A review of mathematical programming models of irrigation water values
AbstractBy introducing the user-pays principle into the irrigation water pricing debate, the 1998 National Water Act created a demand for models to measure willingness-to-pay for irrigation water. Water values are traditionally simulated with mathematical programming models. Models differ in their treatment of crops, irrigation options and water constraints, and other firm-level characteristics but they all use shadow prices as an indication of water value. The 17 models reviewed here, report average annual water values of between $0.0042.m-3 and $0.1899.m-3. Crops modelled influence water values, but there is no apparent relationship between objective function specification and average value. Nor does the number of irrigation options seem to influence water value either. The policy implication is that while similar models for the same region produce consistent estimates, each region requires its own model that has to be updated regularly.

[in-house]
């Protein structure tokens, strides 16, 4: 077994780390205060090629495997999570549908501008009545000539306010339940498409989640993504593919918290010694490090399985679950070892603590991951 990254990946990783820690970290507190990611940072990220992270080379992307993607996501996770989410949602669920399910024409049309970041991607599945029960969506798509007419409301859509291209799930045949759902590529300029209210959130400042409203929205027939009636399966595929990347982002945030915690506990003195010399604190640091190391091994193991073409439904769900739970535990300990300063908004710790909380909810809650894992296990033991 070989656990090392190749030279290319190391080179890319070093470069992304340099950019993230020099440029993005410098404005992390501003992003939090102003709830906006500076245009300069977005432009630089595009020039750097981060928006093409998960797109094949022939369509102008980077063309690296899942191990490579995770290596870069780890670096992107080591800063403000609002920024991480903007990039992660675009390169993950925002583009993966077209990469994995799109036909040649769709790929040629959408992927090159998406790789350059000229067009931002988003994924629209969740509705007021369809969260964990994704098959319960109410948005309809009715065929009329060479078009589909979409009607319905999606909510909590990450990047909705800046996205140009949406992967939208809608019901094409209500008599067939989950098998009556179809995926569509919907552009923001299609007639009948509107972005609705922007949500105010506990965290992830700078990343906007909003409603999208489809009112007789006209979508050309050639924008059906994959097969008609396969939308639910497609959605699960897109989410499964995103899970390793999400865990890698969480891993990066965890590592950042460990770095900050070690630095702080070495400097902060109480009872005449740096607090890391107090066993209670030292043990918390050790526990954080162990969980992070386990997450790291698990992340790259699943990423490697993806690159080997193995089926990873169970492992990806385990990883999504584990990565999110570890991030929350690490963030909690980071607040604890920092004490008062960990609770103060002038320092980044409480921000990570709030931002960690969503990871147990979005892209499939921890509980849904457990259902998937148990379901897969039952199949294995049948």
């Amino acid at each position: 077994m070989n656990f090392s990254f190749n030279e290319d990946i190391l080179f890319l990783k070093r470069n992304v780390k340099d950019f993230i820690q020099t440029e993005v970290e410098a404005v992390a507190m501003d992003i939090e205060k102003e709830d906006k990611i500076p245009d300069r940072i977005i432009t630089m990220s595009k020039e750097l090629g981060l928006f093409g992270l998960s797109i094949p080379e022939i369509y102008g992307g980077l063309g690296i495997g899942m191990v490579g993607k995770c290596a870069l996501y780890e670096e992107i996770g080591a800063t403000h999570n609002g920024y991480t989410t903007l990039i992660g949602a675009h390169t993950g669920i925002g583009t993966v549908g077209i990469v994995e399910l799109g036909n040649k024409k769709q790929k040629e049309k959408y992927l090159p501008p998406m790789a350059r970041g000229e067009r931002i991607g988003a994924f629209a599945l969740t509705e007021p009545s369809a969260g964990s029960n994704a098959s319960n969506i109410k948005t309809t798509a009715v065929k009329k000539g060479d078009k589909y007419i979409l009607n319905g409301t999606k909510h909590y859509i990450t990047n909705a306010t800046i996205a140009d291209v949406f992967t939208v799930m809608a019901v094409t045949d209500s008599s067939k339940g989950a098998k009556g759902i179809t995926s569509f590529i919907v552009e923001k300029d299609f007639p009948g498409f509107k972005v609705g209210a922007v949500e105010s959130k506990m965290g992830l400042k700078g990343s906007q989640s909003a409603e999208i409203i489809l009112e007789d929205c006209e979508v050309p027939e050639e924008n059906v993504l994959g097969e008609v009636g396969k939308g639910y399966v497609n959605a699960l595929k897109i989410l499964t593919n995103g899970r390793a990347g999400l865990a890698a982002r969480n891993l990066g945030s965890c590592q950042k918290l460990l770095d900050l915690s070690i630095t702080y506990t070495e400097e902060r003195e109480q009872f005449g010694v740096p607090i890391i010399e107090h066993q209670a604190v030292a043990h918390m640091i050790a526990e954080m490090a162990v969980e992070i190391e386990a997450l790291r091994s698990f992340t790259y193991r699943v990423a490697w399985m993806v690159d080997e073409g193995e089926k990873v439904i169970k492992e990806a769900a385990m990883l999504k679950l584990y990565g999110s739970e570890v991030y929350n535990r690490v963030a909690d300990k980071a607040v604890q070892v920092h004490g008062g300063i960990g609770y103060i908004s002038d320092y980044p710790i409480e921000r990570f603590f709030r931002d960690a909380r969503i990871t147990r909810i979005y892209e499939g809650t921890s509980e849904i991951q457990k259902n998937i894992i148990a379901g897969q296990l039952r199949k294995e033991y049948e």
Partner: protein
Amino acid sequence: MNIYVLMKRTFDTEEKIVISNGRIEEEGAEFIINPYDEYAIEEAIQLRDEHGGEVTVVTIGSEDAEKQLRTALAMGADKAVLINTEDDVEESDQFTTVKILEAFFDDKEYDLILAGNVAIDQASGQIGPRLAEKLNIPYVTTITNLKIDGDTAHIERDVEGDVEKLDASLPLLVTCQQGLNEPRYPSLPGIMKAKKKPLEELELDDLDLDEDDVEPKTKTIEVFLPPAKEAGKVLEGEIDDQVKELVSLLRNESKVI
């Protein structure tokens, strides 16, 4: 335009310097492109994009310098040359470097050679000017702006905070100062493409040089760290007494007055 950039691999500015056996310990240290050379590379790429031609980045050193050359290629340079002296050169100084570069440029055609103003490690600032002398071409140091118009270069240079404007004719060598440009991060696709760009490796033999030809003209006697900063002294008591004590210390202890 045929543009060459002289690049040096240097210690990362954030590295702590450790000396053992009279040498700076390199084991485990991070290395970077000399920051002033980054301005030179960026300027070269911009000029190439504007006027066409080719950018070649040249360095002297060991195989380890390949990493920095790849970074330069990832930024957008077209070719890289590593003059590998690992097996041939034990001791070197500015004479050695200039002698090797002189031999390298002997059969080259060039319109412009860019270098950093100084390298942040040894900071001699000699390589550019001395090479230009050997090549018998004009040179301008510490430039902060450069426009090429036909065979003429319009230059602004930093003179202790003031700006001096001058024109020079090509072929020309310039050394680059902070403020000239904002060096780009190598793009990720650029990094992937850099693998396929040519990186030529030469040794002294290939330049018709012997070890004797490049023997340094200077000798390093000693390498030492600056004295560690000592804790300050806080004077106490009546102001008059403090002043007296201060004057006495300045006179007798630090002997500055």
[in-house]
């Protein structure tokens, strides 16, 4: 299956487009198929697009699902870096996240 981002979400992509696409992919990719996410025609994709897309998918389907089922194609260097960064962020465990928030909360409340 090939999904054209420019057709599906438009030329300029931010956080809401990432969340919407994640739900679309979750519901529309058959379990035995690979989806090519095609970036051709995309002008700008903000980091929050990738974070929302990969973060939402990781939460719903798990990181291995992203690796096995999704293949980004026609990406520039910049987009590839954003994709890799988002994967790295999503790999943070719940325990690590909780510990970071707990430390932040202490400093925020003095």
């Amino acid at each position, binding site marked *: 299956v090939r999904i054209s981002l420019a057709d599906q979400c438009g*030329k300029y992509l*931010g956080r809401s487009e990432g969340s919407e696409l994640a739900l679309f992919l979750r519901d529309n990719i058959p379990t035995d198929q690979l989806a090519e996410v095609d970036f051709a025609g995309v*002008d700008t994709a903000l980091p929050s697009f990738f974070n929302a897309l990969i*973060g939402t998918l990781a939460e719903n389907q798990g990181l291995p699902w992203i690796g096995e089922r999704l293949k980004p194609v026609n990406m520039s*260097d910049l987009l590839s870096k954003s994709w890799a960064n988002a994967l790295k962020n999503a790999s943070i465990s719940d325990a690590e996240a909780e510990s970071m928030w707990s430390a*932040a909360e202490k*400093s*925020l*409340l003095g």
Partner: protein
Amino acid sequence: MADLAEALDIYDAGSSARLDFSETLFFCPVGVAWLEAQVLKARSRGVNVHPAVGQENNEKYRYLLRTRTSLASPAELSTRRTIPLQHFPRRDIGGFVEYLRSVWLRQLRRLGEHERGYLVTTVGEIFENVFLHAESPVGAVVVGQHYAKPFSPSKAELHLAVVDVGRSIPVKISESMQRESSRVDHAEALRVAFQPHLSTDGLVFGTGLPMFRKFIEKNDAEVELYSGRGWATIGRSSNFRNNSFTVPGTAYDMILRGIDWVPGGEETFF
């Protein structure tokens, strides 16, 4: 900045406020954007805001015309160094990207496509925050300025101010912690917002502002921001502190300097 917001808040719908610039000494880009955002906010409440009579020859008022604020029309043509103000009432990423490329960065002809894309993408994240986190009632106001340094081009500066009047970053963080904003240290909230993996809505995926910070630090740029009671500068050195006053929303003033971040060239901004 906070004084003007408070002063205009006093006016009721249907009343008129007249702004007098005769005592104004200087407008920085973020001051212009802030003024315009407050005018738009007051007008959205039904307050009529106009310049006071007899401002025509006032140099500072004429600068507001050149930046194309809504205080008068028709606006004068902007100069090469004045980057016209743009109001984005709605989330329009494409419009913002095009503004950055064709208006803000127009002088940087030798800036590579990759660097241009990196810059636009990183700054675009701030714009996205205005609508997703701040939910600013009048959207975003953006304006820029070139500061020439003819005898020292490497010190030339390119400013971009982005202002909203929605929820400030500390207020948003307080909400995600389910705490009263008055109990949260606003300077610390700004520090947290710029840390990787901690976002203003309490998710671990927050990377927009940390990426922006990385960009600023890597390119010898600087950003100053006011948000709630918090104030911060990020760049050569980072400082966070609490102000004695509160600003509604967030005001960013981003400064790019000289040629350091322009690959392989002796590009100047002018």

WaterSA Vol.30 (3) 2004: 287-292